Dr. Porretta reviewed the x-rays and, concurring in the diagnosis of a fracture, applied a short-leg walking cast to the left foot and told Mr. Jones to remain off the leg for forty-eight hours and then to move about on the leg. Five weeks later, the defendant removed the cast and further x-rayed the leg and foot.
About six weeks later, Mr. Jones was continuing to experience discomfort and again consulted with Dr. Porretta, who ordered more x-rays. These revealed a second fracture, but the leg was not recast. A short time later, the plaintiff returned to the defendant's office, where Dr. Porretta gave Mr. Jones permission to return to work. Six months later, Mr. Jones returned to Dr. Porretta's office after continuing to experience difficulty with his left foot. The defendant discussed surgical alternatives with the plaintiff, but Mr. Jones declined in view of his diabetic condition, which made surgery hazardous. Dr. Porretta then prescribed a corrective shoe.
Mr. Jones consulted with two other doctors about the problems with his left foot and leg, and a brace was prescribed. The problems continued, however.
During this time, Mr. Jones developed a callus on his right foot, which he claimed resulted from the need to bear his weight almost entirely on his right leg. The plaintiff consulted a podiatrist, who found an additional fracture on the left heel bone during routine x-rays of both feet. Treatment was undertaken for the callus, but it later became infected and two toes had to be amputated from Mr. Jones' right foot. Mr. Jones was unable to return to work and is permanently disabled.
The plaintiffs, in their complaint, claimed that the defendant had breached the standard of care in several regards: in failing to take the appropriate x-rays of the injured left ankle and leg, in failing to properly perform a reduction of the fractured bones before applying the cast, in failing to apply a proper cast, in failing to order no weight-bearing, in failing to conduct a proper and thorough examination when the defendant first saw Mr. Jones, and in failing to refer Mr. Jones to a specialist or to request a consultation.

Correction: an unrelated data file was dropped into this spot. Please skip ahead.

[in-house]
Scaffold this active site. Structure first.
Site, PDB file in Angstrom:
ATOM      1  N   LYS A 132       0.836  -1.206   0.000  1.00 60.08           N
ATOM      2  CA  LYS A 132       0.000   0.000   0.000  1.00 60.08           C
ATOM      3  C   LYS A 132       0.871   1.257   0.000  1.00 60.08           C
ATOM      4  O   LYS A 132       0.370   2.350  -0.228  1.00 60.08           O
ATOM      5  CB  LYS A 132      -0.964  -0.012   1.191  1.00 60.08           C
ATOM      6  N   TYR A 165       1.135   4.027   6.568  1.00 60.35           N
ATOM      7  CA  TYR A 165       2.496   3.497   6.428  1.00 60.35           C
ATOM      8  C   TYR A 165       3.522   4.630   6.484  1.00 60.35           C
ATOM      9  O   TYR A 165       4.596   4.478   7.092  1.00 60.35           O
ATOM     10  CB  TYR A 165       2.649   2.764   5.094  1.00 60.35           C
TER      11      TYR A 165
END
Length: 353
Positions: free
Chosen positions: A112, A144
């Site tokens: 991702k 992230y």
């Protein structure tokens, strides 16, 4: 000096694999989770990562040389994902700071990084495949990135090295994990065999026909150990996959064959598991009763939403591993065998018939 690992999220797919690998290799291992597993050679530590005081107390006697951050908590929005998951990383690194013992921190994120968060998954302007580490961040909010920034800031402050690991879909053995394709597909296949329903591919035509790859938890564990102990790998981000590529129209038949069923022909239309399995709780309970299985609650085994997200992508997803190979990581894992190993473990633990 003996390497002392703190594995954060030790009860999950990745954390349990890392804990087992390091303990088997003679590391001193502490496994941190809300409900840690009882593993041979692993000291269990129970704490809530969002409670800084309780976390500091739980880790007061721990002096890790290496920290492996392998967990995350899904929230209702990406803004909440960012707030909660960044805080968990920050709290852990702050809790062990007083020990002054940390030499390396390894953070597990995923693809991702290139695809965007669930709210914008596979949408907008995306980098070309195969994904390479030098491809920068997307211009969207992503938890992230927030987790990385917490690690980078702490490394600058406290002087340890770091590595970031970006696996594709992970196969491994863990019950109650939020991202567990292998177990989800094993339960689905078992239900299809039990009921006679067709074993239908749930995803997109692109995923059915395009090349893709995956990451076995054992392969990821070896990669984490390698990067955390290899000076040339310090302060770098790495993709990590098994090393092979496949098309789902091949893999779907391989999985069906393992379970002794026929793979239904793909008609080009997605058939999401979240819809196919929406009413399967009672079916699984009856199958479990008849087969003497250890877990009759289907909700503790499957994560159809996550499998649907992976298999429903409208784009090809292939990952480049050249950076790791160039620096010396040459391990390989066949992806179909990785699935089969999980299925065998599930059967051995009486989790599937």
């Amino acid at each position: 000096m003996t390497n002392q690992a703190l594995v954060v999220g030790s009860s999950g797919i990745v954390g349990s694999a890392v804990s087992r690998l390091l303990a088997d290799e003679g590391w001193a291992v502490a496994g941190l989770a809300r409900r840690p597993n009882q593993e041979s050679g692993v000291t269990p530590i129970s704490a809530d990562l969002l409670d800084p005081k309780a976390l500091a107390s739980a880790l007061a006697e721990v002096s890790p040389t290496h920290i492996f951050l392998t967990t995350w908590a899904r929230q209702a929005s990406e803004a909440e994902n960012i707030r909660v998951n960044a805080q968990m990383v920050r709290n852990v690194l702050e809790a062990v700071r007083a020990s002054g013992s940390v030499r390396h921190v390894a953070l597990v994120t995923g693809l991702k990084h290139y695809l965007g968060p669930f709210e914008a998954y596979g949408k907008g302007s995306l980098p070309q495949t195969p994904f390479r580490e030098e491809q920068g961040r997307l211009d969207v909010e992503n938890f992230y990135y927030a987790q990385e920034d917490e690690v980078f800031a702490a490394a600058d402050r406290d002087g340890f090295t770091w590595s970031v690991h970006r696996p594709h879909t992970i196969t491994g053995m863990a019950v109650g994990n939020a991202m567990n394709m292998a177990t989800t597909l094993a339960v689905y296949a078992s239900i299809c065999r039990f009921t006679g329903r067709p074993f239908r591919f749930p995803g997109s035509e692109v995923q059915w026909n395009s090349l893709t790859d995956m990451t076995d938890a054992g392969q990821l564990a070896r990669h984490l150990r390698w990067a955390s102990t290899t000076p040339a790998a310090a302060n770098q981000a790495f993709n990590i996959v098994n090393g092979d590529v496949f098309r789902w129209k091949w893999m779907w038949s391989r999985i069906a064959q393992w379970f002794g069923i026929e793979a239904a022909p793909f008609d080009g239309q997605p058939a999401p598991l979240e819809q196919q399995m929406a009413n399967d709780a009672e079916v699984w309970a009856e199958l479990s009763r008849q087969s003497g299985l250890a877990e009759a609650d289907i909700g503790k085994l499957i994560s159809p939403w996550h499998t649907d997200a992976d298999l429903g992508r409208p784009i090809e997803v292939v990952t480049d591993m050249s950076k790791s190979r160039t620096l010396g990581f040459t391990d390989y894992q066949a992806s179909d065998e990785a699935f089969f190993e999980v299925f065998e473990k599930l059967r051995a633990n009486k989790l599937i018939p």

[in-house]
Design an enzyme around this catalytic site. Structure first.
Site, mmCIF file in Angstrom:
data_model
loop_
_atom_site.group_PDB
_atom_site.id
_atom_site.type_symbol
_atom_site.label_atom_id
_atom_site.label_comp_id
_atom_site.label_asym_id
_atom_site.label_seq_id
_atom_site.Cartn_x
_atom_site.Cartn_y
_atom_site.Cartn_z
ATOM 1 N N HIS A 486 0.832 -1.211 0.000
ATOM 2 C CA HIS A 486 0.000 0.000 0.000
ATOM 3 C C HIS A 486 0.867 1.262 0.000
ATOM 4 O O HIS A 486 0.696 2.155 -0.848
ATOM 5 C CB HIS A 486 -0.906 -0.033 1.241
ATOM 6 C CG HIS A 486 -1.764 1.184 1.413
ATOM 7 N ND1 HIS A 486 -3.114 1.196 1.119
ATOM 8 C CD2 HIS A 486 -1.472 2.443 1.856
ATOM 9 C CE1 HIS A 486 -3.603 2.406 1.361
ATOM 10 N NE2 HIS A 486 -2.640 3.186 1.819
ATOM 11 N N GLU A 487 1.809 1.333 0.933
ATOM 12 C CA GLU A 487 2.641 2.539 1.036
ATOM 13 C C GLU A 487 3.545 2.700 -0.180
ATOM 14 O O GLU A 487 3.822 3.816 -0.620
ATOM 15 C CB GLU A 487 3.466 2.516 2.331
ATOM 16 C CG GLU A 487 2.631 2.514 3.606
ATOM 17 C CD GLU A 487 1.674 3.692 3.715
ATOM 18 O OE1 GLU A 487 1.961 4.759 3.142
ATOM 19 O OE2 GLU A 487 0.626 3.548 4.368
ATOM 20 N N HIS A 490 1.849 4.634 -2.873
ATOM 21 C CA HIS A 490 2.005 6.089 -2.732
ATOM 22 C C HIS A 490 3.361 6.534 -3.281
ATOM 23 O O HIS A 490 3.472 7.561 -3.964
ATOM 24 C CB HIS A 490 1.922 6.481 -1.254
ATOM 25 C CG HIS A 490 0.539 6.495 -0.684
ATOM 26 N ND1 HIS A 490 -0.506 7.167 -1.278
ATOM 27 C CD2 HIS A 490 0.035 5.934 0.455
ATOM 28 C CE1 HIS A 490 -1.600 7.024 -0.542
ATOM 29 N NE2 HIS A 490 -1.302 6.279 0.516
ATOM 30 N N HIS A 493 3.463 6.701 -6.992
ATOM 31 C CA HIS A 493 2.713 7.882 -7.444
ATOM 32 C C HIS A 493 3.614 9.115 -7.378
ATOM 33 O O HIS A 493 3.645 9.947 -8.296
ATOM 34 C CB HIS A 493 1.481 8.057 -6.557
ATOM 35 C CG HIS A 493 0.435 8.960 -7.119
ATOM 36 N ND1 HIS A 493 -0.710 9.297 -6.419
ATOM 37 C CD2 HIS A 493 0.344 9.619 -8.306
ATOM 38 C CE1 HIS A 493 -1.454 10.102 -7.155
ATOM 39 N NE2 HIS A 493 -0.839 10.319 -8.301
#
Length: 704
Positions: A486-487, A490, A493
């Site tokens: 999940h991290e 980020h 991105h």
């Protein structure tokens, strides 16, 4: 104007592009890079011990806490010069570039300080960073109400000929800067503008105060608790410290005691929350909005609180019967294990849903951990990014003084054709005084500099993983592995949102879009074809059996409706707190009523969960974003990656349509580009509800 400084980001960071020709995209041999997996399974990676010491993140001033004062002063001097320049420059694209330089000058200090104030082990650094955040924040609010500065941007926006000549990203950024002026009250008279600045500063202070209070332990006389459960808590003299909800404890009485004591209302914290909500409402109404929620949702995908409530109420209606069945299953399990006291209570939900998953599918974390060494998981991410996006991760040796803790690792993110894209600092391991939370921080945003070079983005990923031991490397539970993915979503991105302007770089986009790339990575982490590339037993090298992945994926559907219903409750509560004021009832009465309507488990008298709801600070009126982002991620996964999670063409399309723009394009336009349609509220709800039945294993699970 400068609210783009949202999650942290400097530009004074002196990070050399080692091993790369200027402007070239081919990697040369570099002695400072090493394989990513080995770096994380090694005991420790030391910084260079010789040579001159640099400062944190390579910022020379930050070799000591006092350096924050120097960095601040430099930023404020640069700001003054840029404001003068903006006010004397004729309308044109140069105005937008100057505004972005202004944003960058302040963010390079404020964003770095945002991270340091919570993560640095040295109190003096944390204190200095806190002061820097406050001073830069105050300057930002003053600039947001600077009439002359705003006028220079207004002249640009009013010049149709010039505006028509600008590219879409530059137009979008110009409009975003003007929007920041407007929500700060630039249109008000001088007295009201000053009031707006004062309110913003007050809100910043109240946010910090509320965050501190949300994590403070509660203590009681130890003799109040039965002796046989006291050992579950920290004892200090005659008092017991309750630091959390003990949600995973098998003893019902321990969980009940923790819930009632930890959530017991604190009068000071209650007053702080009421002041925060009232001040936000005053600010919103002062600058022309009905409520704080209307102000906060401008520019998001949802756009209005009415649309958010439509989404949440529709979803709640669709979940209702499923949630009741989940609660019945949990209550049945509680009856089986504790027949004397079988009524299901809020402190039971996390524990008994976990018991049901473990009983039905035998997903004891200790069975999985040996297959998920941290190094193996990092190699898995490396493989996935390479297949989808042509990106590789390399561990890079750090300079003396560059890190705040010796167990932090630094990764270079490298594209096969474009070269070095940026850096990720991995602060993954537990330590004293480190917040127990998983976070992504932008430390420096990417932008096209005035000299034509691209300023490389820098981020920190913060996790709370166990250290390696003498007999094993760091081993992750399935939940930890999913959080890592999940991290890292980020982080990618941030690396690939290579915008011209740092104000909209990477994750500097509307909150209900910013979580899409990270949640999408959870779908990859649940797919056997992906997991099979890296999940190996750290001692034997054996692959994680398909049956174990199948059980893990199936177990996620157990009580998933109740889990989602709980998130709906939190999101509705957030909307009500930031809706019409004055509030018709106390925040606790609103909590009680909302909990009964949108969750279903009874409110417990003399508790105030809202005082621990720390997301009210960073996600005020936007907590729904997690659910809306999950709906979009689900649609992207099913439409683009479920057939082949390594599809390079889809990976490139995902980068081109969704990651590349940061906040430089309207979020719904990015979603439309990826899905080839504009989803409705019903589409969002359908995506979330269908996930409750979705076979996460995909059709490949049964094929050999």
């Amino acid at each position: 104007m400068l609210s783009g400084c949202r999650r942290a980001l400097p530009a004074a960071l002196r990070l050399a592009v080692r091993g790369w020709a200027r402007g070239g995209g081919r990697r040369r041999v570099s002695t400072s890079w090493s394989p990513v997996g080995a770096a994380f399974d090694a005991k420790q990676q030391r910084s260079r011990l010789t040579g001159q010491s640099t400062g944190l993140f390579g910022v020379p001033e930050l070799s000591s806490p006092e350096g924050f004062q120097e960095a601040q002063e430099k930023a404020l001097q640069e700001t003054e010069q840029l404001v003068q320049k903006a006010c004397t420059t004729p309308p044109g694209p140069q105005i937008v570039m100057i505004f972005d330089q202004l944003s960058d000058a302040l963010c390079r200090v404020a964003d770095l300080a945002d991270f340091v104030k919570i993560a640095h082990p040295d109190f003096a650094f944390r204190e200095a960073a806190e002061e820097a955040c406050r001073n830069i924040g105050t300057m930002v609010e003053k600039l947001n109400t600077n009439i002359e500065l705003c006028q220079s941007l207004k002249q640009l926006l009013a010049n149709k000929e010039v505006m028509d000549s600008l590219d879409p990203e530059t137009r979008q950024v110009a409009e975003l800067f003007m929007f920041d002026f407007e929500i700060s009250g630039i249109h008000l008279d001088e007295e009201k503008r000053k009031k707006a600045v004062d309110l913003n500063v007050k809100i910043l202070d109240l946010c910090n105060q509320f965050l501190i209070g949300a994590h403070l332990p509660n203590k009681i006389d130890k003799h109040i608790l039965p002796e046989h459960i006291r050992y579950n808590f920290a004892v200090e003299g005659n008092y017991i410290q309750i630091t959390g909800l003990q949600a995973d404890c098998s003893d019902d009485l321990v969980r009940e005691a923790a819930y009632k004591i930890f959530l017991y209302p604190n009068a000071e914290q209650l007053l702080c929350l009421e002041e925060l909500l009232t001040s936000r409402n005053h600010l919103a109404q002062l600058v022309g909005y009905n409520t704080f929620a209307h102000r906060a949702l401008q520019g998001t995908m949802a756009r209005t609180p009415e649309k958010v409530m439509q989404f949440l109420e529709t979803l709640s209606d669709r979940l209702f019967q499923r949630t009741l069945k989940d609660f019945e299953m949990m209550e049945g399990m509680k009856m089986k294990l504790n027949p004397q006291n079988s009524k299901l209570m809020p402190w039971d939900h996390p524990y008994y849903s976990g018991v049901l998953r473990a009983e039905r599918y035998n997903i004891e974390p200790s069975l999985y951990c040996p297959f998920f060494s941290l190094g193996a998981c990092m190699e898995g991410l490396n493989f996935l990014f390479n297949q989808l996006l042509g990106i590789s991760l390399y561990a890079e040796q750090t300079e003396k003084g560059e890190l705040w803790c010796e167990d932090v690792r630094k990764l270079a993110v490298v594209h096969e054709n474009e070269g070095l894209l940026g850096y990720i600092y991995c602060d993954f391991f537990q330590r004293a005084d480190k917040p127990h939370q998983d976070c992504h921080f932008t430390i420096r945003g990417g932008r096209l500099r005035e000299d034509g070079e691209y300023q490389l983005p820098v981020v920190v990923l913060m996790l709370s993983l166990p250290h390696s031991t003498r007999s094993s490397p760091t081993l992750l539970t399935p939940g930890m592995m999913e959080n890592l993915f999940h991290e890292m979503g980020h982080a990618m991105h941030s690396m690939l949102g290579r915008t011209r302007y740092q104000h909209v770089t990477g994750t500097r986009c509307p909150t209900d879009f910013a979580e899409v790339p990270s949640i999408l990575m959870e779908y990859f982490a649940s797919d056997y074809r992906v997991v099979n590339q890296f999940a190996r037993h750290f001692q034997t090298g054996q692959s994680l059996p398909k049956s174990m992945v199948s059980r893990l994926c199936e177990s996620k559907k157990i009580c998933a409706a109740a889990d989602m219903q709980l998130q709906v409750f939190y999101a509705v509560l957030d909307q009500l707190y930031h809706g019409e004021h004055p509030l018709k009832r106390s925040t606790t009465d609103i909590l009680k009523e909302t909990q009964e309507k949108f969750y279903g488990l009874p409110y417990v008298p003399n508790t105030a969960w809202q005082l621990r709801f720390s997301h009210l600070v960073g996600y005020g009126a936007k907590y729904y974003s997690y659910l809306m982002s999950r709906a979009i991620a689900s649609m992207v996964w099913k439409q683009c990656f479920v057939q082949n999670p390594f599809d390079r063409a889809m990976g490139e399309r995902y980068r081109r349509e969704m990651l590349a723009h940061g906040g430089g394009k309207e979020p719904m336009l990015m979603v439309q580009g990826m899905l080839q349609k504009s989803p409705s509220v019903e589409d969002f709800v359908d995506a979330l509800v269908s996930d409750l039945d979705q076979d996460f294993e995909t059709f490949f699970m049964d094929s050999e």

The defense presented by Dr. Porretta was that, even if the second fracture had been discovered, the treatment would have been the same as that prescribed in this case. The defendant further argued that Mr. Jones' diabetes and its complications (diabetic neuropathy and Charcot's joint) were the proximate cause of the plaintiff's injuries and damage.
At the close of proofs (and after giving the standard jury instruction on professional negligence, SJI 30.01), the court, over the plaintiffs' objections, added the instruction at issue in this case.
The jury returned a verdict for the defendant and the plaintiffs moved for a new trial on the basis of the additional instruction. The court denied the motion and plaintiffs appealed in the Court of Appeals.
The Court of Appeals agreed with the plaintiffs that the additional instruction was a deviation from a standard jury instruction and was erroneously given in this case. It then reversed the jury's verdict on the basis of the presumption of error requiring reversal set down by this Court in Javis v Ypsilanti Bd of Ed, 393 Mich. 689; 227 N.W.2d 543 (1975). The Court noted, however, that it would not have so held if an objection had not been raised. The defendants appealed in this Court. The application was held in abeyance pending the Court's decision in Moody v Pulte Homes, 423 Mich. 150; 378 N.W.2d 319 (1985). After that decision, we granted leave to appeal.
Javis, supra, pp 702-703, had held:
Where there is an omission of, or deviation from an applicable and accurate SJI, prejudicial error will be presumed; provided that the erroneously omitted SJI was properly requested at trial; and, provided that in those cases where error is charged as a result of a deviation from a SJI, said deviation was brought to the attention of the trial court prior to the commencement of jury deliberations.